If you don’t understand anything in the fourth step, it’s a good idea to call us for help. We can follow the map and help you test everything on your network to make sure it’s all working properly. You can also reset your modem if you are concerned about security and/or performance, and that’s something we can help you with, too. Call us – 973-433-6676 – or email us with questions or to set up an appointment.
We’re seeing a pattern in security problems caused by “fake emails.” Although the pattern is not restricted to business emails, they seem to show up more frequently in offices. Here’s what’s happening.
Just like good marketers, email spoofers and hackers have noticed that Wednesdays and Thursdays are “light days” for email traffic. If someone who’s not overwhelmed by email gets no messages (OK, this might be theoretical), it doesn’t raise eyebrows because they’re not accustomed to a huge number of messages. When traffic gets back to its normal level on Friday, nobody bats an eye or says anything. That leaves the hackers free to move about.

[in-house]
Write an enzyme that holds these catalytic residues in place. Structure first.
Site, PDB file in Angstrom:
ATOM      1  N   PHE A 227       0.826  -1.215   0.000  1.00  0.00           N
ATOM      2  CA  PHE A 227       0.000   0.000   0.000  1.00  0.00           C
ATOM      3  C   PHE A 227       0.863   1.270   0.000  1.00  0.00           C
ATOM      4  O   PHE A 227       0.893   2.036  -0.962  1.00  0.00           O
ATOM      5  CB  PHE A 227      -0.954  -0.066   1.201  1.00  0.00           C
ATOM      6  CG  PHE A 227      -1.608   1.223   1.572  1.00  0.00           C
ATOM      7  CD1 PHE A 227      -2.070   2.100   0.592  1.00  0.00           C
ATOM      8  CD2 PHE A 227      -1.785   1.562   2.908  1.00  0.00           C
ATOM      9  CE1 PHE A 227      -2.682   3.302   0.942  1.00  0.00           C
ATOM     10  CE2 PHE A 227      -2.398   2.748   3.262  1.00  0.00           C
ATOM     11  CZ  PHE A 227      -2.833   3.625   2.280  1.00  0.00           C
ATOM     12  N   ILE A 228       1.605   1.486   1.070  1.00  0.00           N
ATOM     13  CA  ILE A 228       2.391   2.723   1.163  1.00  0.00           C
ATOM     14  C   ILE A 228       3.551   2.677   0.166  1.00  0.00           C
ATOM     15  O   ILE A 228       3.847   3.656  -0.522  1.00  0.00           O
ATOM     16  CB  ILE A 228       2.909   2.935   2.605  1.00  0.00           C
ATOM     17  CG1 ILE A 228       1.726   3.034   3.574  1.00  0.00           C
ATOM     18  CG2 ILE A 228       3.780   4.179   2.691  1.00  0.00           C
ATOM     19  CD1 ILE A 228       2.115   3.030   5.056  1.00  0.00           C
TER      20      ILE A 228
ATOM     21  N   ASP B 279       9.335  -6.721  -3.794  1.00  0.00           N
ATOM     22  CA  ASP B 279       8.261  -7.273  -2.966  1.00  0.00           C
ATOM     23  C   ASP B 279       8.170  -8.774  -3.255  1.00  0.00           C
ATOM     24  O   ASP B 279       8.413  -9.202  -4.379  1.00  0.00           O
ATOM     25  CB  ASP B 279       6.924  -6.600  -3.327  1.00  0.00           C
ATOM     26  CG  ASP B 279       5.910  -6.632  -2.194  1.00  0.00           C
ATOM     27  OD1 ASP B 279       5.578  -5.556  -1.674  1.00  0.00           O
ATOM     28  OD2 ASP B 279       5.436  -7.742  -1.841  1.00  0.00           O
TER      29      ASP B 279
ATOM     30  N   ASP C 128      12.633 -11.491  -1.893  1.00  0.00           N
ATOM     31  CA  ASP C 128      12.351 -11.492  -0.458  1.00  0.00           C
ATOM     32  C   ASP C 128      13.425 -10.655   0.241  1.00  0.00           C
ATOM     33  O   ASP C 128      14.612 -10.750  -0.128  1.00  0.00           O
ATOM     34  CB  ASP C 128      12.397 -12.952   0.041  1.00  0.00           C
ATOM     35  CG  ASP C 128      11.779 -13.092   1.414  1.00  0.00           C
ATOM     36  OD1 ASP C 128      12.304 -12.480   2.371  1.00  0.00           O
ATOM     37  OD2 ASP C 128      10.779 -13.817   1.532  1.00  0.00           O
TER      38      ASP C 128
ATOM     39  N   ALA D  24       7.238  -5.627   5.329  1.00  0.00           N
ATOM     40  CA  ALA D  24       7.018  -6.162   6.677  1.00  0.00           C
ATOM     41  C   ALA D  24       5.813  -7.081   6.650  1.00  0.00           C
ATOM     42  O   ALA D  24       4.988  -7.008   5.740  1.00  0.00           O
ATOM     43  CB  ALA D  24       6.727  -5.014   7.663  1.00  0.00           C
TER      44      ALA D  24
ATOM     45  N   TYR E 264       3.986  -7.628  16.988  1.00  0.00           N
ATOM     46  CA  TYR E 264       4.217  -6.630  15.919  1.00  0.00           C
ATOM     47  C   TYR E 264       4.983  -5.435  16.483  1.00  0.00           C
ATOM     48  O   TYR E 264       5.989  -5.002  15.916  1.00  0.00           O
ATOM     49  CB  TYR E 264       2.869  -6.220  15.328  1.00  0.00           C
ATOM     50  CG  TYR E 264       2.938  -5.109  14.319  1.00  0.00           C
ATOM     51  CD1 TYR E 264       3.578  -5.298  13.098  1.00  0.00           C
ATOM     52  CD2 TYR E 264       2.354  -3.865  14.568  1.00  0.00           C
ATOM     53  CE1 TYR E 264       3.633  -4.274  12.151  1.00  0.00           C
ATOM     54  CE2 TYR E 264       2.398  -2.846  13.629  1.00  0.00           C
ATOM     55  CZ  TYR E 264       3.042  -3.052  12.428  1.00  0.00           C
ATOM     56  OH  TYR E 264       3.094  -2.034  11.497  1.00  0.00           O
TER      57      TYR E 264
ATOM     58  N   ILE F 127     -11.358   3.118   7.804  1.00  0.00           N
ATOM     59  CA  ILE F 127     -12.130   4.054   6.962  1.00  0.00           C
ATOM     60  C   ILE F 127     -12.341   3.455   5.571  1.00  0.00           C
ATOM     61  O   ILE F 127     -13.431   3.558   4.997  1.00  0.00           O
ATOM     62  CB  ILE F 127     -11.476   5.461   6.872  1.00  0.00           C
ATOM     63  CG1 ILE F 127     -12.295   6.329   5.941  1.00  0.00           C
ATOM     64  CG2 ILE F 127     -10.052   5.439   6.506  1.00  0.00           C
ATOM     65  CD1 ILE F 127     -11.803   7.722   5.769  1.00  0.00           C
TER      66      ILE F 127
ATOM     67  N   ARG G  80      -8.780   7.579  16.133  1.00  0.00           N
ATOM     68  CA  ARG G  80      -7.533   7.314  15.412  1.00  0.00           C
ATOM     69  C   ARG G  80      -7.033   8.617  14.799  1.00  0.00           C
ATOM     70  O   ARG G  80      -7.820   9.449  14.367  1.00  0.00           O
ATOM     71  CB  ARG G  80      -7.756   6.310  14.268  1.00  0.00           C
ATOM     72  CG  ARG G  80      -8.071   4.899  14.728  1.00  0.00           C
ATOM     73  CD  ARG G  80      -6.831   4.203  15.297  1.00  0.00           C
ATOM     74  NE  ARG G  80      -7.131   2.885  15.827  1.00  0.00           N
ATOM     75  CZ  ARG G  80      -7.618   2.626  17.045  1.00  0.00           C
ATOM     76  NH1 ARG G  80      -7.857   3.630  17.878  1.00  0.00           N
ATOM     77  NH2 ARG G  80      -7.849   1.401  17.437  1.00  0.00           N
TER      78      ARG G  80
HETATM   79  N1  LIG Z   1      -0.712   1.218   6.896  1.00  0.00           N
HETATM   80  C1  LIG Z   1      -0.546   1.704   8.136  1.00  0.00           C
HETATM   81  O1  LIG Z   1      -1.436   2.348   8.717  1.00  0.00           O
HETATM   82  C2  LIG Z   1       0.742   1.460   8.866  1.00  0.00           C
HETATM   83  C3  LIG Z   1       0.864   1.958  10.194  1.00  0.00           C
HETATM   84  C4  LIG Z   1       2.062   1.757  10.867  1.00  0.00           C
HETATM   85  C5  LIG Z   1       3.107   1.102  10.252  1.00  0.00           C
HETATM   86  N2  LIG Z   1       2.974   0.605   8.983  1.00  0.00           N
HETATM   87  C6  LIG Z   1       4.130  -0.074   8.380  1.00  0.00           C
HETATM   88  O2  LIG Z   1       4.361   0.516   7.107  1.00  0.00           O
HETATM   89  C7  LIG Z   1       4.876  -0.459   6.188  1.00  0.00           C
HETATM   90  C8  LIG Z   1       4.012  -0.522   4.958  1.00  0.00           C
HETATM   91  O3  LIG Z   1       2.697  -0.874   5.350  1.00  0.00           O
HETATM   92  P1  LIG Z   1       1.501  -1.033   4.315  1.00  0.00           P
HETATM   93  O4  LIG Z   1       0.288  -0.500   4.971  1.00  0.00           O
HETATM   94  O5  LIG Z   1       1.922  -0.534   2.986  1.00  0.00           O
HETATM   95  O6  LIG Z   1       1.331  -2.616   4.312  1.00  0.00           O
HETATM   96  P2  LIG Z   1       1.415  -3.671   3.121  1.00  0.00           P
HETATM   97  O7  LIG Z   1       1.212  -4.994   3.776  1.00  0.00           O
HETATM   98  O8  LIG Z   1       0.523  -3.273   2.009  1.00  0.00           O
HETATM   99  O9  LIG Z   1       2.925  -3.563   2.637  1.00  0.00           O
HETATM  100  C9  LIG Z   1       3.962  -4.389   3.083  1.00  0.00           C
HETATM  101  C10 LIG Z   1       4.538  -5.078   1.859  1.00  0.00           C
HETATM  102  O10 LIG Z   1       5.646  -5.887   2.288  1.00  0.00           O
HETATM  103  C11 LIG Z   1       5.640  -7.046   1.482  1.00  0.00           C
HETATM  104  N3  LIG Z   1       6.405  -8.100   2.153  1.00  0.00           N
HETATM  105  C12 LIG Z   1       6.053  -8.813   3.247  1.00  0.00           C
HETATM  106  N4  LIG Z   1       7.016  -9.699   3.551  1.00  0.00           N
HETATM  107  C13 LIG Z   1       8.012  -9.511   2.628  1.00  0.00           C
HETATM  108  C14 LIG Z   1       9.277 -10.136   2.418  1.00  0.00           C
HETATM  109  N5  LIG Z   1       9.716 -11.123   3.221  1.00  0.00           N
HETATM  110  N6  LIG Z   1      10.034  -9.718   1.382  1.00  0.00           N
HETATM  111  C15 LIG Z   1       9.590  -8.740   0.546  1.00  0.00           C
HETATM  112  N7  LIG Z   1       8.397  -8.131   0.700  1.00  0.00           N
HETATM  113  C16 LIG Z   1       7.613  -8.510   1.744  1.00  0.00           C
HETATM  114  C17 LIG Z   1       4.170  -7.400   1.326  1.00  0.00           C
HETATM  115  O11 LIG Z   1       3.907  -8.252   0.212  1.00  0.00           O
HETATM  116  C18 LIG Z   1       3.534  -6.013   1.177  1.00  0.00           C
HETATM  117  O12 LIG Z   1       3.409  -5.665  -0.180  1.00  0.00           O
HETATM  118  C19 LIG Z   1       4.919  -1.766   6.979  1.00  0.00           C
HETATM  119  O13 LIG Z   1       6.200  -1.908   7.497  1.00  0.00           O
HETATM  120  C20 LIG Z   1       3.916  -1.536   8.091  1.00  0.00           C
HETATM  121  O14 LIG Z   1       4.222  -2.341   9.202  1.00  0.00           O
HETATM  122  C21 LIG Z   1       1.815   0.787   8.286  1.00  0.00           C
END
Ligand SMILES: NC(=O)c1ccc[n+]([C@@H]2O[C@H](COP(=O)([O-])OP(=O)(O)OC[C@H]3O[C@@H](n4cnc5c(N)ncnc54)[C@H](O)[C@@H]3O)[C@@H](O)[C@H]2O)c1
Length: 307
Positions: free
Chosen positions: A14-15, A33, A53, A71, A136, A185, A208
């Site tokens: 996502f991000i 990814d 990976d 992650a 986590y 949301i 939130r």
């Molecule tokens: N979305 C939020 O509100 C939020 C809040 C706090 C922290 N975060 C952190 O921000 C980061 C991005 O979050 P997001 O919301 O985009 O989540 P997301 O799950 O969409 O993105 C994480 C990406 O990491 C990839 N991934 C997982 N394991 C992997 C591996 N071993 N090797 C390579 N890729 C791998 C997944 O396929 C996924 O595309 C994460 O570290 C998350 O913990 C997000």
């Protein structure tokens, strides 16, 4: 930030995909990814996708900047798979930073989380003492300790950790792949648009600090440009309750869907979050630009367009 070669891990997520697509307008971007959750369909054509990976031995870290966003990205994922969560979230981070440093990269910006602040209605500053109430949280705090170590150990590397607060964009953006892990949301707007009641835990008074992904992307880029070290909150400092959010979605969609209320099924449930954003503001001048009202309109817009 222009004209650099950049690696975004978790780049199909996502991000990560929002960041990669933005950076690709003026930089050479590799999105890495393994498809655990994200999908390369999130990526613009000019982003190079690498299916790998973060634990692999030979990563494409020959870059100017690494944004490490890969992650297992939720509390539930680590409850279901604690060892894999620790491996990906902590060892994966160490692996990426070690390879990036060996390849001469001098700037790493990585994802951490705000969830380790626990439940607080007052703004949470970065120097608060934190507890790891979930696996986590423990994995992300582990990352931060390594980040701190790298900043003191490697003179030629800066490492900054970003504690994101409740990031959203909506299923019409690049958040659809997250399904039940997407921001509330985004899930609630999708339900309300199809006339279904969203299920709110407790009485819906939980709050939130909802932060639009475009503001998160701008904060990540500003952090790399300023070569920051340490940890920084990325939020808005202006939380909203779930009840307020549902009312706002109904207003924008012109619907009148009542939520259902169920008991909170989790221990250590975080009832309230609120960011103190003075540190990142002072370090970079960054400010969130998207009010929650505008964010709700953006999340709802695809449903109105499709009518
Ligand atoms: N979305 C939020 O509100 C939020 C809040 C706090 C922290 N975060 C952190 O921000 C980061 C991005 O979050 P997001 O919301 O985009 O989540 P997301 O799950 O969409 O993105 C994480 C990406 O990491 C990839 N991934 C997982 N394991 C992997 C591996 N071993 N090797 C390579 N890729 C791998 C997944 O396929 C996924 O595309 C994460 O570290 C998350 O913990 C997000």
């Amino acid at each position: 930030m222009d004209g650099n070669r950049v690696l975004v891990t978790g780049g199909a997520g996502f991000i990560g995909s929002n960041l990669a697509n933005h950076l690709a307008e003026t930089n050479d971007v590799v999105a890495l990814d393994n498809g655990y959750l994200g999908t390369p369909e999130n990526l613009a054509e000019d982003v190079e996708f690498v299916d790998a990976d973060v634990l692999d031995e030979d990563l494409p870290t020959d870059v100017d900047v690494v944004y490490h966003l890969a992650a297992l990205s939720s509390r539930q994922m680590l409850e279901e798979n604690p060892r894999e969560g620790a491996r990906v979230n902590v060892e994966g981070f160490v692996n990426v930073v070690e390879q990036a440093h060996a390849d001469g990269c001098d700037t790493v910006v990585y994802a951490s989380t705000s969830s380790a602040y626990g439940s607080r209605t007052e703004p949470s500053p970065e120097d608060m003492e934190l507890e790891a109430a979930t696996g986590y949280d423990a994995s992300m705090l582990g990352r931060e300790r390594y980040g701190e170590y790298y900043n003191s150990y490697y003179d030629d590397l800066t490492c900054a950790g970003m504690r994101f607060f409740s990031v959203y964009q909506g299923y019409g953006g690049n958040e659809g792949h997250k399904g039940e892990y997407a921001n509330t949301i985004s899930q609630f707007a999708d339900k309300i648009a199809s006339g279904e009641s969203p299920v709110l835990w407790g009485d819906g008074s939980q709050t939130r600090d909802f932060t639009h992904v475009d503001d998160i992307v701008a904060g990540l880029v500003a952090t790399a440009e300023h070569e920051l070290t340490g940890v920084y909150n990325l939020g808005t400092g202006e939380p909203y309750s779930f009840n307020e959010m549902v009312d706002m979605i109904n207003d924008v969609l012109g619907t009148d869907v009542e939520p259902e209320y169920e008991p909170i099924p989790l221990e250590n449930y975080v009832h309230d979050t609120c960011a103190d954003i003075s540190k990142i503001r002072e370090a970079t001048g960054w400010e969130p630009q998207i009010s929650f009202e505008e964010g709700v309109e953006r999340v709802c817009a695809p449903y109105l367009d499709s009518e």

What we’ve found when that happens is that a hacker has created a rule to move email messages to a place where they can do their dirty work. One of their tricks is to change a log-in to a fake website that looks like one you frequently visit. When your password is not accepted, you have them send you a link to change your password. When you sign into the fake site with the real password, they can use it to update your info on the real site and keep all of the function for themselves.
That “password” scenario is the one that seems to be most common way for hackers to gain their access, and as in most cases, the cybercriminals count on the fact that you’ll be too busy to notice anything unusual – and that you won’t say anything until well after the fact.
While offices – even SOHO businesses – seem more susceptible to this type of attack, anyone can be a victim. Here are a couple of telltale signs that you might be under attack.
The first is that you get an email that directs you to a website that you can’t log into because your password is invalid. If you use a “master password” application, that should tip you off right away. If you enter passwords for your sites and have them written down in a safe place, consult your records. If you can’t enter a password that you firmly believe is correct, that should be a tipoff, too.